Pitcher Health and Team Wins

marc w · February 18, 2013 at 5:25 pm · Filed Under Mariners 

Pitcher attrition is on everyone’s mind after the Mariners committed the GDP of a small country to right-handed pitcher/demigod Felix Hernandez. Two articles today examined pitcher injury from different angles.

The first is a statistical look at risk factors for pitcher injuries. You’ve probably all heard of the “Verducci Effect” wherein increasing the innings for a young pitcher portends ineffectiveness or injury, but this hypothesis turns out to be (oft-repeated) bunk.* Instead, the biggest predictor of injury is, erm, *injury*. That is, a trip to the DL in year 1 makes a pitcher much, much more likely to see the DL again in year 2. That’s not exactly a mind-blowing conclusion, particularly for fans of a team that employed Erik Bedard and Franklin Gutierrez at the same time. But the extent of that correlation is much stronger than I would’ve guessed. 43.7% of pitchers who were on the DL in one season went on the DL in the following season – but among those hurlers who WEREN’T injured in one year, less than 5% landed on the DL the next year. Call it the Erik Bedard principle: pitcher injuries cluster over time.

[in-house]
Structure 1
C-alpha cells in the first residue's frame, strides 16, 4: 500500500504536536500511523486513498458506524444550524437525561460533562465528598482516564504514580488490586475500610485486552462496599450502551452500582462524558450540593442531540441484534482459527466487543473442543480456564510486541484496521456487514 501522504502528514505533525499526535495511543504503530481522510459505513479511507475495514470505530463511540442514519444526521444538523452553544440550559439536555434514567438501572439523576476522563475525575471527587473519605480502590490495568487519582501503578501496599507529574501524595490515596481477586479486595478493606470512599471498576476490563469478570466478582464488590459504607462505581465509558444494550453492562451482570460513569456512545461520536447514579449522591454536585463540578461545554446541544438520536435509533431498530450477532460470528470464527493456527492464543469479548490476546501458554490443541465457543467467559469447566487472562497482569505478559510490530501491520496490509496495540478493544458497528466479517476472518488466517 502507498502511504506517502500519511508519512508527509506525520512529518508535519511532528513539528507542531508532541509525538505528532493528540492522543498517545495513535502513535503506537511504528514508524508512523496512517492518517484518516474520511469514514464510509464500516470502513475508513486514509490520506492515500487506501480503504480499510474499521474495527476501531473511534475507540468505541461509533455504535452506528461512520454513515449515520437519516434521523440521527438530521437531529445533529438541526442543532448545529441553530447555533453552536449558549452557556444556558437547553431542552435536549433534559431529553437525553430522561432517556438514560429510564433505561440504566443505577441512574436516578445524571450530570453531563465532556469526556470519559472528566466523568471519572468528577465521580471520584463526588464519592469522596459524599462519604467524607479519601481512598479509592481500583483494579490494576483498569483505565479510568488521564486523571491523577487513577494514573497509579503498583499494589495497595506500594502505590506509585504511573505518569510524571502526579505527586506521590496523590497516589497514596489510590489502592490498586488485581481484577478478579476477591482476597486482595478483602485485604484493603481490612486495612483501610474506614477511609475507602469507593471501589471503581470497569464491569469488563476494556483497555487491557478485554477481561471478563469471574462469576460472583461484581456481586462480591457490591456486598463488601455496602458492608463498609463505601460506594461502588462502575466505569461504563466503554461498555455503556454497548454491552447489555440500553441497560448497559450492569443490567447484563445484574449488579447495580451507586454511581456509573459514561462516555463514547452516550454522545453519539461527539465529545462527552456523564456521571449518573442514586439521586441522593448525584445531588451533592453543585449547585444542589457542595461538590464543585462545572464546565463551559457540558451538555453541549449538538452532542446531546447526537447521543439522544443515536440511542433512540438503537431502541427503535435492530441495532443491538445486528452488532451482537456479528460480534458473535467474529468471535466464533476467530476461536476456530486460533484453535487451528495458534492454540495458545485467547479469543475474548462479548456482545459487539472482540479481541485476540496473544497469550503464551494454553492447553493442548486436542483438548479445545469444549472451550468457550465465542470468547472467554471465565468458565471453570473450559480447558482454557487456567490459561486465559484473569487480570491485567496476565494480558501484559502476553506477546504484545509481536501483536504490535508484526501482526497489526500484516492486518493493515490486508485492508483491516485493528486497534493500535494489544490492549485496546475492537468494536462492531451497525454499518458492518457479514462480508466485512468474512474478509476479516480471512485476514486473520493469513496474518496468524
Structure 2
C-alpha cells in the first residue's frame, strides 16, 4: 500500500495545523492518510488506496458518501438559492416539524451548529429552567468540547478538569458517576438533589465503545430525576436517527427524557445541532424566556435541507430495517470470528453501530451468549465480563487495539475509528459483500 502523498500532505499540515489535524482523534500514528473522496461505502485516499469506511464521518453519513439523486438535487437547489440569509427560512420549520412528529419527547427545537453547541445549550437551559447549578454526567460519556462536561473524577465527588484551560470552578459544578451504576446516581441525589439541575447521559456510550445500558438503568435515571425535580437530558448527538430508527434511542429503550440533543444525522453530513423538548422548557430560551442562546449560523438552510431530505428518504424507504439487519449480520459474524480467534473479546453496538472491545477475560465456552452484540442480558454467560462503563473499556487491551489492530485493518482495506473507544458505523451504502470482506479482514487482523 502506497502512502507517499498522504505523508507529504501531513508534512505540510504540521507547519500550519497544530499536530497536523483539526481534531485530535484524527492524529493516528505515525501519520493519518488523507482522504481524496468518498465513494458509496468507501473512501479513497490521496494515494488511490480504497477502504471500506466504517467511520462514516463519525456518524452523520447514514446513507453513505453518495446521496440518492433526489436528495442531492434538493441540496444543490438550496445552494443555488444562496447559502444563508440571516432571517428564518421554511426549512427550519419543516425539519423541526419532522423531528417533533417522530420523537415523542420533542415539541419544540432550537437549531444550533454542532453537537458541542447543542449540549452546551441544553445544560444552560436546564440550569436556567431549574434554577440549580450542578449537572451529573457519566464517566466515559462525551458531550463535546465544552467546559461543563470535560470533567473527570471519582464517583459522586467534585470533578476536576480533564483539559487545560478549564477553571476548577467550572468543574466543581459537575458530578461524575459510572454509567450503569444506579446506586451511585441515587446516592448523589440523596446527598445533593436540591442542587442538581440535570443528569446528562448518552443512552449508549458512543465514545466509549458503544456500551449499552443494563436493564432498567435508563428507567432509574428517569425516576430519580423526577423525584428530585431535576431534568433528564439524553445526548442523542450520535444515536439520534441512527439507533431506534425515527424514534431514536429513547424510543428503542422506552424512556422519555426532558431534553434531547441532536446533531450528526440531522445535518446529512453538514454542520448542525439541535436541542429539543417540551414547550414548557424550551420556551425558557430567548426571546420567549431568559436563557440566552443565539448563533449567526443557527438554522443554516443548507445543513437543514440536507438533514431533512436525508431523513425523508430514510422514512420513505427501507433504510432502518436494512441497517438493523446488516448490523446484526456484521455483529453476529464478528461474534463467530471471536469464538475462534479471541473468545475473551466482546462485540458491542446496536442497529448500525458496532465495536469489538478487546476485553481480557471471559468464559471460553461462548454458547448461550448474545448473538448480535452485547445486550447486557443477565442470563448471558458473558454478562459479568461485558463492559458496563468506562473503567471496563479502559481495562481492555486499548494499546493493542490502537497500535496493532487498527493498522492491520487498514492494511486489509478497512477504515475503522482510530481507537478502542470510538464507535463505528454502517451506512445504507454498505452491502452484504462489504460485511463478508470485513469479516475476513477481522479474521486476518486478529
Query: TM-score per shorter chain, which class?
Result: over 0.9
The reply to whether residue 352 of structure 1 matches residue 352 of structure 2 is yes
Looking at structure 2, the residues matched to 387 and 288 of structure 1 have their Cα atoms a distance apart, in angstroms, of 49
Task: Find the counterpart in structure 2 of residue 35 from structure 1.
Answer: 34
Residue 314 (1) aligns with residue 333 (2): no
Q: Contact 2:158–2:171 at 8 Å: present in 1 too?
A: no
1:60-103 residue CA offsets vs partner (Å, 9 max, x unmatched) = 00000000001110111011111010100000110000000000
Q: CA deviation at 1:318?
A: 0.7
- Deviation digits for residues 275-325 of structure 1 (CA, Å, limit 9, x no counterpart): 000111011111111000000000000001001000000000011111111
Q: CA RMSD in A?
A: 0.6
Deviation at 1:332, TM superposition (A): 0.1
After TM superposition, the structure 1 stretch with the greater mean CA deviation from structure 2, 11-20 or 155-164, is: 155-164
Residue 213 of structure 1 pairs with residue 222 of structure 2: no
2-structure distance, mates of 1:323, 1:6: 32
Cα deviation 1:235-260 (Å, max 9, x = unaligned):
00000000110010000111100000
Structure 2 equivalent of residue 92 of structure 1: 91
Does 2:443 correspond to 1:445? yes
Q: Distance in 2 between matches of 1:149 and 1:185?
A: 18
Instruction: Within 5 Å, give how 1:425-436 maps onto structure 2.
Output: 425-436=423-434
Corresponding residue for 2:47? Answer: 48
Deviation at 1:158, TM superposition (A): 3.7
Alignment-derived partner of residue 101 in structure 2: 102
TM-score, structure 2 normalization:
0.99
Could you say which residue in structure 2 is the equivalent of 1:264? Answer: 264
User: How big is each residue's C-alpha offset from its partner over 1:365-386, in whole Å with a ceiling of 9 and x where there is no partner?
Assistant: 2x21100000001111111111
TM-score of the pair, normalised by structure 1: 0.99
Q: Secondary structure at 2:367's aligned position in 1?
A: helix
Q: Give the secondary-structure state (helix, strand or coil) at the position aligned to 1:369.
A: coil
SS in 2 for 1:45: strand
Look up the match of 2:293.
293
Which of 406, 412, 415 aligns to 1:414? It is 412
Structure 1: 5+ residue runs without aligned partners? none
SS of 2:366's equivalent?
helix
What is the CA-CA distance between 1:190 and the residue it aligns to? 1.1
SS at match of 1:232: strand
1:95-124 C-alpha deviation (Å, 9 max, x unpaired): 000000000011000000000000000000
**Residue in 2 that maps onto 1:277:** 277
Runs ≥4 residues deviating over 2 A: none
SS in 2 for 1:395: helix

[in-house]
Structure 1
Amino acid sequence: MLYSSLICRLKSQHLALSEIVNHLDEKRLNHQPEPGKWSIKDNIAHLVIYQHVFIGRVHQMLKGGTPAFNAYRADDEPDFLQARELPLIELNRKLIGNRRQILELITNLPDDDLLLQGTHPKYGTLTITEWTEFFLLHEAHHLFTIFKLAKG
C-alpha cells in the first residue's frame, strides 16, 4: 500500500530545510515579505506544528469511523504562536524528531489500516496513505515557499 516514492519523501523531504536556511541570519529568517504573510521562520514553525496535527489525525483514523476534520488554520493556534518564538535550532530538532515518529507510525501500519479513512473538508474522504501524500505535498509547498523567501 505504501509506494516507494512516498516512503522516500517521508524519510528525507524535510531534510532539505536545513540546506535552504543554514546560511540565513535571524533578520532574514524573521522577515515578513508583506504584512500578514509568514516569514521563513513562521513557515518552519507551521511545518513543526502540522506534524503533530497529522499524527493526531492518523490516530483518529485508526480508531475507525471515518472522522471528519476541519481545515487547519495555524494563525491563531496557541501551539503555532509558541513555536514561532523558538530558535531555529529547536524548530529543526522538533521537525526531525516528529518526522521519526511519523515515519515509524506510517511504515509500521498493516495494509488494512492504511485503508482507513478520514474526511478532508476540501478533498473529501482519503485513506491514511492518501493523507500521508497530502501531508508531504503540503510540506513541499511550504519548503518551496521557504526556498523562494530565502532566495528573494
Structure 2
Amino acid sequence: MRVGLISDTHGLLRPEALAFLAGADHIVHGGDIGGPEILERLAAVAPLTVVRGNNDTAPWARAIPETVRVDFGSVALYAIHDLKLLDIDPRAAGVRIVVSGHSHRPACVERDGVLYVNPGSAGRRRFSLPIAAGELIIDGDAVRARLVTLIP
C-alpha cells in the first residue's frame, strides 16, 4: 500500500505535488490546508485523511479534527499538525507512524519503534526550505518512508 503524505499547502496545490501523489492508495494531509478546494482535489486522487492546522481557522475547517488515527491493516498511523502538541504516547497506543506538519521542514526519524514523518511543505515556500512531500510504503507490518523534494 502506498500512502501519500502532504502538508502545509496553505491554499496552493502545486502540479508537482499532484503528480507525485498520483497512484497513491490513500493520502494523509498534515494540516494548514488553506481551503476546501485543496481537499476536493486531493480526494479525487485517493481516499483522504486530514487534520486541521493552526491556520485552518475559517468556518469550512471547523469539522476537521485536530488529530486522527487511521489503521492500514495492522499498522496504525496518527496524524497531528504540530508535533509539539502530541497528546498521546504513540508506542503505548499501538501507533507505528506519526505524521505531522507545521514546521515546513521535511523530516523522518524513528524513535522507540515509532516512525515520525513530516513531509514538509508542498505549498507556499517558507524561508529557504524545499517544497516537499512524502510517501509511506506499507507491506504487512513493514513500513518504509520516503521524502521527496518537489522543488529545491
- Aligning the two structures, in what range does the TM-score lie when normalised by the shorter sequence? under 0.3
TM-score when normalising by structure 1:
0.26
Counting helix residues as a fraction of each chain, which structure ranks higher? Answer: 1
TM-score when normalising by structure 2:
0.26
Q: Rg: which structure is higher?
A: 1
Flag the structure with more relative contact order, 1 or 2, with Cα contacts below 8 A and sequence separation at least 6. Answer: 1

The pattern extends beyond just one year, of course. If a pitcher had any injury in some season (even if it didn’t require a DL trip), 55.6% of them had another injury 2 seasons later. But if those who made it through the season unscathed, only 2.7% were hurt two years later. 2.7%! That’s incredible, given what we normally think about the random, merciless arm of fate, dispassionately doling out labrum tears and tendon snaps to workhorses and DL-regulars alike and putting Frank Jobe’s descendents through college in perpetuity. You can probably guess where I’m going with this: the fact that Felix has been so durable in recent years really does have an impact on his chances of staying healthy for a while. It’s not a guarantee, and no one is counting on him to be completely healthy for seven years, but it’s the kind of data the M’s may have looked at before deciding that a contract of this magnitude and length made sense. That, and the fact that Felix is amazing.